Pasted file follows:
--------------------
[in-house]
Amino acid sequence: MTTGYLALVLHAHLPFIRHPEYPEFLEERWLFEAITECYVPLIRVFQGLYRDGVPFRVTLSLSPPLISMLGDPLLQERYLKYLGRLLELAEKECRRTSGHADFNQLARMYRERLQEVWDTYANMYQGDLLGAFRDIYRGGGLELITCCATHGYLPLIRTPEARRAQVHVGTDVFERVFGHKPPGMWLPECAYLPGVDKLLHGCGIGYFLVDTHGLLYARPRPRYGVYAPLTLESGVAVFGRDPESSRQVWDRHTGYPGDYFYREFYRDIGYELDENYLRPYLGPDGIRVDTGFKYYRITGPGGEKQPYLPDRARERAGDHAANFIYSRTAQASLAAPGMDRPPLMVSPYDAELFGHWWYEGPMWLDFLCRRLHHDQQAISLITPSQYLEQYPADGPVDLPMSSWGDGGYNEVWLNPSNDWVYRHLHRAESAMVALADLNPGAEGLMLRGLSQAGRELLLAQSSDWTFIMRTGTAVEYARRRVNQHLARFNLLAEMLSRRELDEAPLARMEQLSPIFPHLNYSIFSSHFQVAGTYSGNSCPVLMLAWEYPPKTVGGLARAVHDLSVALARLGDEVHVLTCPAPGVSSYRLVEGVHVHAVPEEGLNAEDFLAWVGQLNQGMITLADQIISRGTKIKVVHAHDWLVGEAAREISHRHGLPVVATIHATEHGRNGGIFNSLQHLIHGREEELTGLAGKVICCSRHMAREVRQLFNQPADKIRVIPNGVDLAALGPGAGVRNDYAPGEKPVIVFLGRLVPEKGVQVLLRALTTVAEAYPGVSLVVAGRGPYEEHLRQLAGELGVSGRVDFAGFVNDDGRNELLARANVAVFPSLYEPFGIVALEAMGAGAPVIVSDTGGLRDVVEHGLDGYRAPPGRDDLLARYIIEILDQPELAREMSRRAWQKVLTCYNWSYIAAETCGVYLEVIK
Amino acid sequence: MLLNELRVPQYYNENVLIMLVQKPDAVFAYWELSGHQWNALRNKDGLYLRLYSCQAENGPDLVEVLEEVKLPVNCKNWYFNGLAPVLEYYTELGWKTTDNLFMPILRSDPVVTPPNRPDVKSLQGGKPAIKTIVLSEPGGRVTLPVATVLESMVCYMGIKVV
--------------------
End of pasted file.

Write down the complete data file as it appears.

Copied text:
[in-house]
Amino acid sequence: MTTGYLALVLHAHLPFIRHPEYPEFLEERWLFEAITECYVPLIRVFQGLYRDGVPFRVTLSLSPPLISMLGDPLLQERYLKYLGRLLELAEKECRRTSGHADFNQLARMYRERLQEVWDTYANMYQGDLLGAFRDIYRGGGLELITCCATHGYLPLIRTPEARRAQVHVGTDVFERVFGHKPPGMWLPECAYLPGVDKLLHGCGIGYFLVDTHGLLYARPRPRYGVYAPLTLESGVAVFGRDPESSRQVWDRHTGYPGDYFYREFYRDIGYELDENYLRPYLGPDGIRVDTGFKYYRITGPGGEKQPYLPDRARERAGDHAANFIYSRTAQASLAAPGMDRPPLMVSPYDAELFGHWWYEGPMWLDFLCRRLHHDQQAISLITPSQYLEQYPADGPVDLPMSSWGDGGYNEVWLNPSNDWVYRHLHRAESAMVALADLNPGAEGLMLRGLSQAGRELLLAQSSDWTFIMRTGTAVEYARRRVNQHLARFNLLAEMLSRRELDEAPLARMEQLSPIFPHLNYSIFSSHFQVAGTYSGNSCPVLMLAWEYPPKTVGGLARAVHDLSVALARLGDEVHVLTCPAPGVSSYRLVEGVHVHAVPEEGLNAEDFLAWVGQLNQGMITLADQIISRGTKIKVVHAHDWLVGEAAREISHRHGLPVVATIHATEHGRNGGIFNSLQHLIHGREEELTGLAGKVICCSRHMAREVRQLFNQPADKIRVIPNGVDLAALGPGAGVRNDYAPGEKPVIVFLGRLVPEKGVQVLLRALTTVAEAYPGVSLVVAGRGPYEEHLRQLAGELGVSGRVDFAGFVNDDGRNELLARANVAVFPSLYEPFGIVALEAMGAGAPVIVSDTGGLRDVVEHGLDGYRAPPGRDDLLARYIIEILDQPELAREMSRRAWQKVLTCYNWSYIAAETCGVYLEVIK
Amino acid sequence: MLLNELRVPQYYNENVLIMLVQKPDAVFAYWELSGHQWNALRNKDGLYLRLYSCQAENGPDLVEVLEEVKLPVNCKNWYFNGLAPVLEYYTELGWKTTDNLFMPILRSDPVVTPPNRPDVKSLQGGKPAIKTIVLSEPGGRVTLPVATVLESMVCYMGIKVV